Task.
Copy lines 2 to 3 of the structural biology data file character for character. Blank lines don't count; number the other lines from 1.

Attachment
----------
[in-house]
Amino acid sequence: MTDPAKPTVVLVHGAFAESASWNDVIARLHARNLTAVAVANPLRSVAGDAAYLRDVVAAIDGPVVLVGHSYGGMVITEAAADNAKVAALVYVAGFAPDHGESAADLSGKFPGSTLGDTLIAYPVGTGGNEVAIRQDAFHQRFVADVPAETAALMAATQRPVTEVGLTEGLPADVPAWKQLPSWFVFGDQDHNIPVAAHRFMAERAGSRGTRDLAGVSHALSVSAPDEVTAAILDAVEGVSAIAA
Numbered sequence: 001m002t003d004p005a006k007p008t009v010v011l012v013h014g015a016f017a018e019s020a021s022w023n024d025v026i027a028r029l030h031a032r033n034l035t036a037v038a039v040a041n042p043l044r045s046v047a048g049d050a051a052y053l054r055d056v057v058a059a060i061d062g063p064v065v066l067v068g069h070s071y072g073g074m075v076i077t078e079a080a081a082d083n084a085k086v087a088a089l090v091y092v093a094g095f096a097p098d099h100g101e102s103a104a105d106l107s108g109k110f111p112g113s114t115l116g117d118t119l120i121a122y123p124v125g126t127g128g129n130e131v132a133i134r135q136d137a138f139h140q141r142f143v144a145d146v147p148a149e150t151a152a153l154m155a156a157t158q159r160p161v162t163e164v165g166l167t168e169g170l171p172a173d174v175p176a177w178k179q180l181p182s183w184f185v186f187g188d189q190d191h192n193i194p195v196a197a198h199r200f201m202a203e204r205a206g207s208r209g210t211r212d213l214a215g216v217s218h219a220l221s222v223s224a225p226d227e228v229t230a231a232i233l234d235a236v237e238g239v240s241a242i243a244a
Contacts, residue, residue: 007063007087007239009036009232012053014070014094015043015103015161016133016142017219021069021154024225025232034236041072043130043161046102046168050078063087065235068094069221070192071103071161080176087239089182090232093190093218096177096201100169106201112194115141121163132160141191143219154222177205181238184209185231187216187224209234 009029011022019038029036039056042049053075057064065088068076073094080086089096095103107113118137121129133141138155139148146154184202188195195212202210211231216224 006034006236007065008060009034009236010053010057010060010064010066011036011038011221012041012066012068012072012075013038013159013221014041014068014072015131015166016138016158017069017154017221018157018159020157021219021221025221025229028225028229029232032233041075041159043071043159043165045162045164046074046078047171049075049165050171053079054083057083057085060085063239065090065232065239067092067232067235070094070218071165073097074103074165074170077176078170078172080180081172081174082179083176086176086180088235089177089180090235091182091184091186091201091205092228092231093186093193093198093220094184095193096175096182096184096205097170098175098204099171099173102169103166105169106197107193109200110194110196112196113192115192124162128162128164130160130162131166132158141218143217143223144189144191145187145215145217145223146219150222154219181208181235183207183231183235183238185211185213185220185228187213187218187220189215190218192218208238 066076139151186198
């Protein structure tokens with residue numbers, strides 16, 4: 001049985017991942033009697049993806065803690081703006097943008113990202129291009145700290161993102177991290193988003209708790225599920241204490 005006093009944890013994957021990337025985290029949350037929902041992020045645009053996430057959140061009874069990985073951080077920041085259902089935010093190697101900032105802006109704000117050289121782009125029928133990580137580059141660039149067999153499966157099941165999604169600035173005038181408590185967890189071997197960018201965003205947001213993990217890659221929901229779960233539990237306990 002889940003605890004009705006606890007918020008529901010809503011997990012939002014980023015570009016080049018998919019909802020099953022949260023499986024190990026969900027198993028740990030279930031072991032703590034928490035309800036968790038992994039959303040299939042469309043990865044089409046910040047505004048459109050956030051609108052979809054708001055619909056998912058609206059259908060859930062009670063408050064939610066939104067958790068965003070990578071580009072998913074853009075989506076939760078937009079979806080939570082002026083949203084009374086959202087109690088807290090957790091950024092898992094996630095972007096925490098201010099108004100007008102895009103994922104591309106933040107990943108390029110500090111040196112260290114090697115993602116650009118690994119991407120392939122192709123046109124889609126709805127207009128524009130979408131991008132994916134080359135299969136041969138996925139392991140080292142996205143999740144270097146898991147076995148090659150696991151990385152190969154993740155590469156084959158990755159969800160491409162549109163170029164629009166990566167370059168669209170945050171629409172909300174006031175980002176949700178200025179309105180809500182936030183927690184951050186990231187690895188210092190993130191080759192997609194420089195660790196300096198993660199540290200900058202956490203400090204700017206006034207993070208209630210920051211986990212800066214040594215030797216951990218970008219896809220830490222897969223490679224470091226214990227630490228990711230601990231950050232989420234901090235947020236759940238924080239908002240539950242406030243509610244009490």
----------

Amino acid sequence: MTDPAKPTVVLVHGAFAESASWNDVIARLHARNLTAVAVANPLRSVAGDAAYLRDVVAAIDGPVVLVGHSYGGMVITEAAADNAKVAALVYVAGFAPDHGESAADLSGKFPGSTLGDTLIAYPVGTGGNEVAIRQDAFHQRFVADVPAETAALMAATQRPVTEVGLTEGLPADVPAWKQLPSWFVFGDQDHNIPVAAHRFMAERAGSRGTRDLAGVSHALSVSAPDEVTAAILDAVEGVSAIAA
Numbered sequence: 001m002t003d004p005a006k007p008t009v010v011l012v013h014g015a016f017a018e019s020a021s022w023n024d025v026i027a028r029l030h031a032r033n034l035t036a037v038a039v040a041n042p043l044r045s046v047a048g049d050a051a052y053l054r055d056v057v058a059a060i061d062g063p064v065v066l067v068g069h070s071y072g073g074m075v076i077t078e079a080a081a082d083n084a085k086v087a088a089l090v091y092v093a094g095f096a097p098d099h100g101e102s103a104a105d106l107s108g109k110f111p112g113s114t115l116g117d118t119l120i121a122y123p124v125g126t127g128g129n130e131v132a133i134r135q136d137a138f139h140q141r142f143v144a145d146v147p148a149e150t151a152a153l154m155a156a157t158q159r160p161v162t163e164v165g166l167t168e169g170l171p172a173d174v175p176a177w178k179q180l181p182s183w184f185v186f187g188d189q190d191h192n193i194p195v196a197a198h199r200f201m202a203e204r205a206g207s208r209g210t211r212d213l214a215g216v217s218h219a220l221s222v223s224a225p226d227e228v229t230a231a232i233l234d235a236v237e238g239v240s241a242i243a244a